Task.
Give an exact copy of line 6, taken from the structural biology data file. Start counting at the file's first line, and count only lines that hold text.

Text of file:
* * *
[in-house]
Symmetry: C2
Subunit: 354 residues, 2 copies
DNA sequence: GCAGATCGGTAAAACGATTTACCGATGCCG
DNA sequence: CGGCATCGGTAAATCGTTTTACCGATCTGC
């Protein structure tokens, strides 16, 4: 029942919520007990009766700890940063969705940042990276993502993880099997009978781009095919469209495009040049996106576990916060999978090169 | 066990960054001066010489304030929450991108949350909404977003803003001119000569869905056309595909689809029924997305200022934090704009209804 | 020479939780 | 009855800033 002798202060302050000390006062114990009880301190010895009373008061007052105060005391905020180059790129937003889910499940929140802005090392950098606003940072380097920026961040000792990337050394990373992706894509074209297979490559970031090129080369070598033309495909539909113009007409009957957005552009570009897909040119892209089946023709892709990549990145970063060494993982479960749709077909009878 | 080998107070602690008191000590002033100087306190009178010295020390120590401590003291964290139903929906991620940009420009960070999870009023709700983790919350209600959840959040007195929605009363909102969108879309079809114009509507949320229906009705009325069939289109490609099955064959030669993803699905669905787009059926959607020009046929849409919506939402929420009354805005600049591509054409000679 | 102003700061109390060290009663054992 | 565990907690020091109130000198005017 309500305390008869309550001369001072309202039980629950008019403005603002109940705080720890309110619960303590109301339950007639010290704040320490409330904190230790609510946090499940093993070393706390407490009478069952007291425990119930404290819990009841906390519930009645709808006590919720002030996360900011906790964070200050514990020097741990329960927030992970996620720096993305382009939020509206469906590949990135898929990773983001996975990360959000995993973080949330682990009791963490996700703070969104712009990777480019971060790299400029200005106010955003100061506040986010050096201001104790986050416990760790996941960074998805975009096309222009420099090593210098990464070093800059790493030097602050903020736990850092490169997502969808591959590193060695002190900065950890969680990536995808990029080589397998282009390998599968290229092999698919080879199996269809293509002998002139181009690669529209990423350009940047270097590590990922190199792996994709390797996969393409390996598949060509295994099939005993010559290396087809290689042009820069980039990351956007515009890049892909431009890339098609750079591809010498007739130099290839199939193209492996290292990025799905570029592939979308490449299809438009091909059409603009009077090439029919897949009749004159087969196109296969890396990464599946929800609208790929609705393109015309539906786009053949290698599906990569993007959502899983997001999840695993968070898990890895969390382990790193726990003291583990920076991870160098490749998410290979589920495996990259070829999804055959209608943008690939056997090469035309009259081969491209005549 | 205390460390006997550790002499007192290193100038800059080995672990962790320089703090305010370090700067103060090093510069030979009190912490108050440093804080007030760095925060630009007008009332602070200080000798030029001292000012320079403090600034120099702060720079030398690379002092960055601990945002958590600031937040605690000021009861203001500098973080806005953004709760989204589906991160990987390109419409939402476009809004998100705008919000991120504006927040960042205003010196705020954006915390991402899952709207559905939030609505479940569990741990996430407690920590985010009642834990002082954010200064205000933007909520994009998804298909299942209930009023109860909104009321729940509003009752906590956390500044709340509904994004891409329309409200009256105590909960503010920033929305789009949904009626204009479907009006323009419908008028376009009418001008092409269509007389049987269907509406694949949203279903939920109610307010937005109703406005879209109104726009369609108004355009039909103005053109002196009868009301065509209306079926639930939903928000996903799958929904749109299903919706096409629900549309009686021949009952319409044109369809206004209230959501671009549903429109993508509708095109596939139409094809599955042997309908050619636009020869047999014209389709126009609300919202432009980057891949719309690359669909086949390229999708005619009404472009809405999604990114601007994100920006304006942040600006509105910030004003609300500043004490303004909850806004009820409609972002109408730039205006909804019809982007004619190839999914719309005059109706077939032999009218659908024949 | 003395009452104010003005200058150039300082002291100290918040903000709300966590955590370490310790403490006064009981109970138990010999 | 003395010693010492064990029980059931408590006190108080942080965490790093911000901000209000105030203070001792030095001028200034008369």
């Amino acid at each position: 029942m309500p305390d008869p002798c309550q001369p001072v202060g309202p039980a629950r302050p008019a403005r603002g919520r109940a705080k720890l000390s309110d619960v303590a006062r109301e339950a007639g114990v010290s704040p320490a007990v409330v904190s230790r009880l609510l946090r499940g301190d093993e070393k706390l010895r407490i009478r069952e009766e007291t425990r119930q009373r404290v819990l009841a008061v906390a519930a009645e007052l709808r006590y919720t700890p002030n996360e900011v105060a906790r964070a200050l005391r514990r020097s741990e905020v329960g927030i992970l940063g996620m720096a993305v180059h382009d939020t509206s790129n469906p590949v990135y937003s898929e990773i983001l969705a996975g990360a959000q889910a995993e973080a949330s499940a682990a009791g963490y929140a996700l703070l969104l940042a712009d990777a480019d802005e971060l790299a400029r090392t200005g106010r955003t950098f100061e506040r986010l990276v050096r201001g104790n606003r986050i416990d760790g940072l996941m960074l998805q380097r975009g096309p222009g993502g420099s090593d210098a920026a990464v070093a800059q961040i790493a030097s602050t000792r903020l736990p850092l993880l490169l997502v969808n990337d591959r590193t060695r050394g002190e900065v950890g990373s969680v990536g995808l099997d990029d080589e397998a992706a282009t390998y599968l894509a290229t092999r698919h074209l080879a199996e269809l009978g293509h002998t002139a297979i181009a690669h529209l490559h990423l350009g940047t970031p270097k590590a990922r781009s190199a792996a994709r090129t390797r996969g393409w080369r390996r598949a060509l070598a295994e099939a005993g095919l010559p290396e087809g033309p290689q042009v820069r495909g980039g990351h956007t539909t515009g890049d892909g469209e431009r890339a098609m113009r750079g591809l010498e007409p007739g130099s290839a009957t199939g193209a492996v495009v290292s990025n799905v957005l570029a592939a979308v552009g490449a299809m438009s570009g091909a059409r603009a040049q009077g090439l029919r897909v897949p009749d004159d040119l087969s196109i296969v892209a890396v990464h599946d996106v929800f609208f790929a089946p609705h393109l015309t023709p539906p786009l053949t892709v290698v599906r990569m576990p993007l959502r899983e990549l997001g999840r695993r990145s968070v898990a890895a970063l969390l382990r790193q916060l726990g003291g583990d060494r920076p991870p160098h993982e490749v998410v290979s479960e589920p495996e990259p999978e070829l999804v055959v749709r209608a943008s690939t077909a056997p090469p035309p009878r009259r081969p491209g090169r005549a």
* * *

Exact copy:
């Protein structure tokens, strides 16, 4: 029942919520007990009766700890940063969705940042990276993502993880099997009978781009095919469209495009040049996106576990916060999978090169 | 066990960054001066010489304030929450991108949350909404977003803003001119000569869905056309595909689809029924997305200022934090704009209804 | 020479939780 | 009855800033 002798202060302050000390006062114990009880301190010895009373008061007052105060005391905020180059790129937003889910499940929140802005090392950098606003940072380097920026961040000792990337050394990373992706894509074209297979490559970031090129080369070598033309495909539909113009007409009957957005552009570009897909040119892209089946023709892709990549990145970063060494993982479960749709077909009878 | 080998107070602690008191000590002033100087306190009178010295020390120590401590003291964290139903929906991620940009420009960070999870009023709700983790919350209600959840959040007195929605009363909102969108879309079809114009509507949320229906009705009325069939289109490609099955064959030669993803699905669905787009059926959607020009046929849409919506939402929420009354805005600049591509054409000679 | 102003700061109390060290009663054992 | 565990907690020091109130000198005017 309500305390008869309550001369001072309202039980629950008019403005603002109940705080720890309110619960303590109301339950007639010290704040320490409330904190230790609510946090499940093993070393706390407490009478069952007291425990119930404290819990009841906390519930009645709808006590919720002030996360900011906790964070200050514990020097741990329960927030992970996620720096993305382009939020509206469906590949990135898929990773983001996975990360959000995993973080949330682990009791963490996700703070969104712009990777480019971060790299400029200005106010955003100061506040986010050096201001104790986050416990760790996941960074998805975009096309222009420099090593210098990464070093800059790493030097602050903020736990850092490169997502969808591959590193060695002190900065950890969680990536995808990029080589397998282009390998599968290229092999698919080879199996269809293509002998002139181009690669529209990423350009940047270097590590990922190199792996994709390797996969393409390996598949060509295994099939005993010559290396087809290689042009820069980039990351956007515009890049892909431009890339098609750079591809010498007739130099290839199939193209492996290292990025799905570029592939979308490449299809438009091909059409603009009077090439029919897949009749004159087969196109296969890396990464599946929800609208790929609705393109015309539906786009053949290698599906990569993007959502899983997001999840695993968070898990890895969390382990790193726990003291583990920076991870160098490749998410290979589920495996990259070829999804055959209608943008690939056997090469035309009259081969491209005549 | 205390460390006997550790002499007192290193100038800059080995672990962790320089703090305010370090700067103060090093510069030979009190912490108050440093804080007030760095925060630009007008009332602070200080000798030029001292000012320079403090600034120099702060720079030398690379002092960055601990945002958590600031937040605690000021009861203001500098973080806005953004709760989204589906991160990987390109419409939402476009809004998100705008919000991120504006927040960042205003010196705020954006915390991402899952709207559905939030609505479940569990741990996430407690920590985010009642834990002082954010200064205000933007909520994009998804298909299942209930009023109860909104009321729940509003009752906590956390500044709340509904994004891409329309409200009256105590909960503010920033929305789009949904009626204009479907009006323009419908008028376009009418001008092409269509007389049987269907509406694949949203279903939920109610307010937005109703406005879209109104726009369609108004355009039909103005053109002196009868009301065509209306079926639930939903928000996903799958929904749109299903919706096409629900549309009686021949009952319409044109369809206004209230959501671009549903429109993508509708095109596939139409094809599955042997309908050619636009020869047999014209389709126009609300919202432009980057891949719309690359669909086949390229999708005619009404472009809405999604990114601007994100920006304006942040600006509105910030004003609300500043004490303004909850806004009820409609972002109408730039205006909804019809982007004619190839999914719309005059109706077939032999009218659908024949 | 003395009452104010003005200058150039300082002291100290918040903000709300966590955590370490310790403490006064009981109970138990010999 | 003395010693010492064990029980059931408590006190108080942080965490790093911000901000209000105030203070001792030095001028200034008369």